Changing treatment strategy of cavernous sinus meningiomas: Experience of a single institution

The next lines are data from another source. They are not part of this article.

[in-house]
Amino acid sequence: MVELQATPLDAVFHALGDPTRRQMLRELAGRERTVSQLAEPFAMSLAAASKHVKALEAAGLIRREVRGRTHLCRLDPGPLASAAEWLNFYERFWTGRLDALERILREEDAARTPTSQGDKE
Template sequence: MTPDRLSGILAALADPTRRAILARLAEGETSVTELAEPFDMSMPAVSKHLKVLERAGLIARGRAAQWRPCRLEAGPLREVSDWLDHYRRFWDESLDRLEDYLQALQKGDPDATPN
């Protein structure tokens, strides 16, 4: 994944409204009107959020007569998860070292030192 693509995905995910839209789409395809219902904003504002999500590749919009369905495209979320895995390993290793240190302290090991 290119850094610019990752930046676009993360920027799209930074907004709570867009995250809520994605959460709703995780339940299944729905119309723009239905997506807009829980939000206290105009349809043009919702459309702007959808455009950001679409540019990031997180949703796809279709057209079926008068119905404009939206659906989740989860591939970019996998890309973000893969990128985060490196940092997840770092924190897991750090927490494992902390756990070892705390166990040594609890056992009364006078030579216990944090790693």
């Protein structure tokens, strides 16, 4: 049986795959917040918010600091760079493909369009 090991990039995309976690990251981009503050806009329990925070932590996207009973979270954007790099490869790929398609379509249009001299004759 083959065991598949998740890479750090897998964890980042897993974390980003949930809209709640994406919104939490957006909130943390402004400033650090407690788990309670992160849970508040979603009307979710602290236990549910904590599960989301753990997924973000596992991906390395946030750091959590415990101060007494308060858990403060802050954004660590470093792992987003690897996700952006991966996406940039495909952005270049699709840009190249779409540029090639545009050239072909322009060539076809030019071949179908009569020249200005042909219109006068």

Background: Oncological treatment of a neoplasm is more than surgical removal of the tumor. Probably, this truth is the reason for the ongoing discussion on cavernous sinus meningiomas in the last decade. Debate on optimal management of cavernous sinus meningiomas aims to compare the different treatment strategies: (a) radical surgical resection and (b) conservative surgical resection complemented with radiosurgical treatment. Materials and Methods: Natural history of the change in the management strategy of cavernous sinus meningiomas in our department before and after GK facility became available in 1997 allowed us to compare the 2 aforementioned strategies. Before installation of a Leksell GK unit at the hospital in 1997, the neurosurgical team at Marmara University Institute of Neurological Sciences and Faculty of Medicine (Istanbul, Turkey) treated patients with cavernous sinus meningioma using radical resection (radical strategy, group A, 10 patients). After 1997, the same neurosurgical team used understanding of surgical removal of the extracavernous sinus tumor component with GK irradiation of the intracavernous part (conservative strategy, group B, 12 patients). Another group of patients, who were treated with GK as a first-step treatment, was analyzed (GK group, group C, 26 patients). Results: At the end of the third year, more stable tumor volume control was achieved in groups B and C; after the second year, an incline in the tumor volume-time graph was detected. Group B resulted in less cranial nerve-related complications; a certain degree of improvement in cranial nerve deficits was observed. Conclusion: Comparing 2 different management strategies for cavernous sinus meningiomas in the same hospital setting using the same neurosurgical group, we conclude that extracavernous resection followed by GK is as effective as radical surgery. Considering cranial nerve complications and third-year tumor volume control achievement, conservative approach yielded better results. Longer follow-up with larger series is necessary. © 2005 Elsevier Inc. All rights reserved.